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Simple (?) question: how can I determine the used DAO version in VBA code?

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Why from VBA code? What's the use case? – Unreason Jun 8 '10 at 12:02
If you're wanting to do this to solve the problem described in, you should be aware that that article applies to Jet 3.x, not Jet 4 or the ACE. Jet 3.x was superseded by Jet 4 starting c. 1999, and hardly anyone is using it any longer (Access 97 would be the only likely application to be using it). – David-W-Fenton Jun 8 '10 at 20:29
up vote 0 down vote accepted

By checking the version of the referenced library.

EDIT: If you need to do it in VBA then check resource close to (or customize that directly depending on what you need to do)

EDIT2: Few more good resources

Ultimately if you really want to do thing properly (according to MS) you should be moving away from DAO to ADO.

EDIT3: You can try to follow to see which files are relevant.

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How? In VBA code – waanders Jun 8 '10 at 11:56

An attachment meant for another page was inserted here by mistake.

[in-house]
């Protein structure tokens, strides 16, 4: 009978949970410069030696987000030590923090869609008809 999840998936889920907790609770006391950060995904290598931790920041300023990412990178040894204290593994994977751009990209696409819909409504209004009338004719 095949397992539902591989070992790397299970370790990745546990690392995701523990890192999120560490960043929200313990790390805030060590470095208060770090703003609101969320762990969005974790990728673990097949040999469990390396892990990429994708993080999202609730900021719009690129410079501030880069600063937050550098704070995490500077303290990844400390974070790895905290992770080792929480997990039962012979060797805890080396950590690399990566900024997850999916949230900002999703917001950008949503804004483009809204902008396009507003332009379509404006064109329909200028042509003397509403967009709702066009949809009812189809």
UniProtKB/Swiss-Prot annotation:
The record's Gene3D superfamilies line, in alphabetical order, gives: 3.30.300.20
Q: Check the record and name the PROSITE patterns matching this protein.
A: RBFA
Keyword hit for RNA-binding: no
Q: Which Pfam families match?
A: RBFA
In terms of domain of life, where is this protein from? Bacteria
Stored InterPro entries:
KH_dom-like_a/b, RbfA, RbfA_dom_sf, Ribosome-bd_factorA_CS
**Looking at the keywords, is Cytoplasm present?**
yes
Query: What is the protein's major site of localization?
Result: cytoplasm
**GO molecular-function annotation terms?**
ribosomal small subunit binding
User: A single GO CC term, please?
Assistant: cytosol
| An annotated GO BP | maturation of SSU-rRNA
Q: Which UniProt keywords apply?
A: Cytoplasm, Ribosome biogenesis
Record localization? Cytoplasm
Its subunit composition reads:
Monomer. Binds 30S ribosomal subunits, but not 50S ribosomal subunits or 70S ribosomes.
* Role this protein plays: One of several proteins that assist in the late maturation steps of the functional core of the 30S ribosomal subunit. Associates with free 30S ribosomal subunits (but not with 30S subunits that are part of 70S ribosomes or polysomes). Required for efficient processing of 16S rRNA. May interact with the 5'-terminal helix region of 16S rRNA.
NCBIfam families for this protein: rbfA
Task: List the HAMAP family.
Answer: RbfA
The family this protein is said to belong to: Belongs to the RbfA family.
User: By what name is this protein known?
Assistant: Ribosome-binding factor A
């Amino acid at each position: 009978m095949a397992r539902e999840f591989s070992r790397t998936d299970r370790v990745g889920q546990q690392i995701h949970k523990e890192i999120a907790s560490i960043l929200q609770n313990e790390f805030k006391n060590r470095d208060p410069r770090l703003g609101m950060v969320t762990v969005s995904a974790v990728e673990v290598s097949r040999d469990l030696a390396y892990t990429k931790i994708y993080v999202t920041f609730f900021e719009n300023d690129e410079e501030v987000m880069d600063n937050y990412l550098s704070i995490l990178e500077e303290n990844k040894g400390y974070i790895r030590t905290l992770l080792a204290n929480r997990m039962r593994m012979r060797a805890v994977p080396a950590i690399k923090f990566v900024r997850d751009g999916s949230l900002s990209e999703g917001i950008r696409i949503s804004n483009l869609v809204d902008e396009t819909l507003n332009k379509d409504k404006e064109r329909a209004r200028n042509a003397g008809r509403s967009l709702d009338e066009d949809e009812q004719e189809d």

Ah, sorry skipped over that; here are more details, but not from code - – Unreason Jun 8 '10 at 11:59
I'm using Access 2007. In the References dialog DAO is not checked, only "Microsoft Office 12.0 Access database engine Objects Library". I assume DAO is included, because it works. – waanders Jun 8 '10 at 12:05
>Ultimately if you really want to do thing properly (according to MS) you should be moving away from DAO to ADO.< Not necessarily:;EN-US;q225048. It says: "DAO and ADO were designed to solve two different problems" – waanders Jun 8 '10 at 13:11
The comment about DAO vs. ADO is completely backwards. DAO is in regular development as the interface layer for Jet/ACE, while ADO classic is completely dead and superseded by the very different ADO.NET. – David-W-Fenton Jun 8 '10 at 20:24

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